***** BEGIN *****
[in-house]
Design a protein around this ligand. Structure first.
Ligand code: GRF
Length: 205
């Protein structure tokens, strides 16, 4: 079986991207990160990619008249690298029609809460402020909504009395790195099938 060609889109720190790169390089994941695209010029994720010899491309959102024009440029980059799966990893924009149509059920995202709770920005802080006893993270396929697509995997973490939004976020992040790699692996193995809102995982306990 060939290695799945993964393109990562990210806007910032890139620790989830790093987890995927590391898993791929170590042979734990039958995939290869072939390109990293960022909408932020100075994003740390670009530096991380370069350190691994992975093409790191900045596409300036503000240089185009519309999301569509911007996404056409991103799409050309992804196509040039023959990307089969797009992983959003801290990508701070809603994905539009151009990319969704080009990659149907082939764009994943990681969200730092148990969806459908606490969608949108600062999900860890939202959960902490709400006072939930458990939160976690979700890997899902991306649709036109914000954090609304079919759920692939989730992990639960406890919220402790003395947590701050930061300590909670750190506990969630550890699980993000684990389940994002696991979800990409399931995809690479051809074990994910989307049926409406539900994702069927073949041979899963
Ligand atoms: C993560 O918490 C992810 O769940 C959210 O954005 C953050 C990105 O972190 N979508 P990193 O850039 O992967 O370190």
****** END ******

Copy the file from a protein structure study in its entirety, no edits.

[in-house]
Design a protein around this ligand. Structure first.
Ligand code: GRF
Length: 205
């Protein structure tokens, strides 16, 4: 079986991207990160990619008249690298029609809460402020909504009395790195099938 060609889109720190790169390089994941695209010029994720010899491309959102024009440029980059799966990893924009149509059920995202709770920005802080006893993270396929697509995997973490939004976020992040790699692996193995809102995982306990 060939290695799945993964393109990562990210806007910032890139620790989830790093987890995927590391898993791929170590042979734990039958995939290869072939390109990293960022909408932020100075994003740390670009530096991380370069350190691994992975093409790191900045596409300036503000240089185009519309999301569509911007996404056409991103799409050309992804196509040039023959990307089969797009992983959003801290990508701070809603994905539009151009990319969704080009990659149907082939764009994943990681969200730092148990969806459908606490969608949108600062999900860890939202959960902490709400006072939930458990939160976690979700890997899902991306649709036109914000954090609304079919759920692939989730992990639960406890919220402790003395947590701050930061300590909670750190506990969630550890699980993000684990389940994002696991979800990409399931995809690479051809074990994910989307049926409406539900994702069927073949041979899963
Ligand atoms: C993560 O918490 C992810 O769940 C959210 O954005 C953050 C990105 O972190 N979508 P990193 O850039 O992967 O370190």